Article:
WASHINGTON, D.C. — Just how close are American farmers to a 1980s-style financial crisis?
The answer to that question that might surprise Canadian farmers, who are enduring an uninspiring period, but hardly one of the darkest times in prairie farming history.
But in the United States, a far larger proportion of farmers are believed to be in financial trouble. Many analysts say more years of low crop prices and continuing high costs may worsen the situation.
In speeches leading up to the Senate confirmation vote for Agriculture Secretary Sonny Perdue, one senator described the “tough economic times” being experienced by American farmers. It is a perception that appears to be shared across the spectrum of Washington politicians and farm group officials.
However, U.S. Department of Agriculture chief economist Robert Johansson said U.S. farmers are still far from a 1980s-like situation since their debts are lower and their interest payments are easier.
“The trend is something that we’re watching, but the level right now is nothing that we’re all that concerned about,” said Johansson last month.
Most corn and soybean growers are getting by, but farmers who depend on wheat, cotton, hogs and poultry are under considerable strain, with about 20 percent “in a tough situation.”
Overall, about 10 percent of U.S. farmers are in financial trouble, Johansson said.
The specific commodities causing problems have been hit by low prices. Wheat has been a money loser for most American farmers for a number of years.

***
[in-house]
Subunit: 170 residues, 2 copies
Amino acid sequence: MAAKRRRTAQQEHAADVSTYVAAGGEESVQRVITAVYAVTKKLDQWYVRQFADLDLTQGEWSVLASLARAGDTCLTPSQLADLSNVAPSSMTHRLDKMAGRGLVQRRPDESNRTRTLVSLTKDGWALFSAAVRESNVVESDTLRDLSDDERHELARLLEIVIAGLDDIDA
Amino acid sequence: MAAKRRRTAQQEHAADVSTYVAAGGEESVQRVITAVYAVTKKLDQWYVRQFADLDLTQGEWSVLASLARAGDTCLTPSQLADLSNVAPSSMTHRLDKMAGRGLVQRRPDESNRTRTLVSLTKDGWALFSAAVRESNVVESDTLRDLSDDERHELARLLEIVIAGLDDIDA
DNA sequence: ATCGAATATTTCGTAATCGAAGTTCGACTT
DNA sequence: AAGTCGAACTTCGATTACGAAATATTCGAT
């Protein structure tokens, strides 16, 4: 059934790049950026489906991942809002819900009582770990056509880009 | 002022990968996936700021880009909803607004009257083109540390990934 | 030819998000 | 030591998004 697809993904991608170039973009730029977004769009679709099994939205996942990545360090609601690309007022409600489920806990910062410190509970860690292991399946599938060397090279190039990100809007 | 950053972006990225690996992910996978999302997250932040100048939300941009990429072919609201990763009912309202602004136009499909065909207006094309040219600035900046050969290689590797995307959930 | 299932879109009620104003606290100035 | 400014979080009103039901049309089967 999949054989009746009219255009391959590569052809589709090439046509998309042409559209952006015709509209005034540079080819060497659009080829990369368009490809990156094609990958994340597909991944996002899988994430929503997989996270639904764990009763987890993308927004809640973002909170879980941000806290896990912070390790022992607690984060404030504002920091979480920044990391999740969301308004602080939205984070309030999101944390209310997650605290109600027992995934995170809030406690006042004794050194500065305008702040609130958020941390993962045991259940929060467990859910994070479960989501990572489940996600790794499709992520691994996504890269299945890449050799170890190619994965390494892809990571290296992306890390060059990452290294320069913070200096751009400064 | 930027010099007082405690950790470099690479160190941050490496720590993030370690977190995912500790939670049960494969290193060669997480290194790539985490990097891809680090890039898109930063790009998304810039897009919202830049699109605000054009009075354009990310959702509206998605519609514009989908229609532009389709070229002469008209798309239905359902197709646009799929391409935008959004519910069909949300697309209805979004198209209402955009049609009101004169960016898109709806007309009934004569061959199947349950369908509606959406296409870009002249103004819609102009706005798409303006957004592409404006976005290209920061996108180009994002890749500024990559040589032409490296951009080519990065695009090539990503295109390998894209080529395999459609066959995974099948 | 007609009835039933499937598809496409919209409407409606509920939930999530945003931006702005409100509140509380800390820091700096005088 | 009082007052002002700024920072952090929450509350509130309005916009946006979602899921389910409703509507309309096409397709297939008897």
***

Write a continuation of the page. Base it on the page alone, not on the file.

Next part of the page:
But American farmers are also grappling with a high U.S. dollar, making their goods more expensive for buyers to purchase.
Land rents haven’t helped. U.S. farmers tend to rent a higher proportion of their land than Canadian farmers, so that can be a considerable factor.
Johansson said the slump in crop prices since 2013 has not had a similar affect on rents.
“The main cost that is causing difficulty for U.S. producers is cash rent. It has stayed consistently high and hasn’t come down as much as we might expect,” Johansson said.
In some areas, land prices have fallen about 10 percent, but rent rates have stayed closer to peak values.
The saving grace for U.S. farmers is and will probably remain low interest rates, Johansson said.
Not only are most U.S. farmers carrying far lower amounts of debt than farmers did during the 1980s crisis, but interest payments are not nearly as onerous.
In the 1980s, U.S. farmers had a debt-to-assets ratio of 22 percent, but today it is 14 percent. Farmers then faced double-digit interest rates, but today are paying low single-digits.
Established farmers are probably facing the present low price period in a comfortable position, with the boom years of 2007-13 giving them a chance to pay down debt, buy equipment and improve their equity.
But Johansson said beginning farmers are looking at a bleaker situation, with no easy way to quickly build equity.
“I think their worry is justified,” said Johansson.
The USDA is predicting farm profitability to be flat for up to 10 years.
In 2012-13, the congressional wrangling leading up to the 2014 farm bill were influenced by a feeling from some that farmers were making big money and that government money shouldn’t be going toward them in good years. But Johansson said he expects the lead-up to the 2018 farm bill to be focused on ensuring farm program money is not reduced, since few are now arguing that farmers are doing well.
“Where we were in the last farm bill … is very different from where we are today,” said Johansson.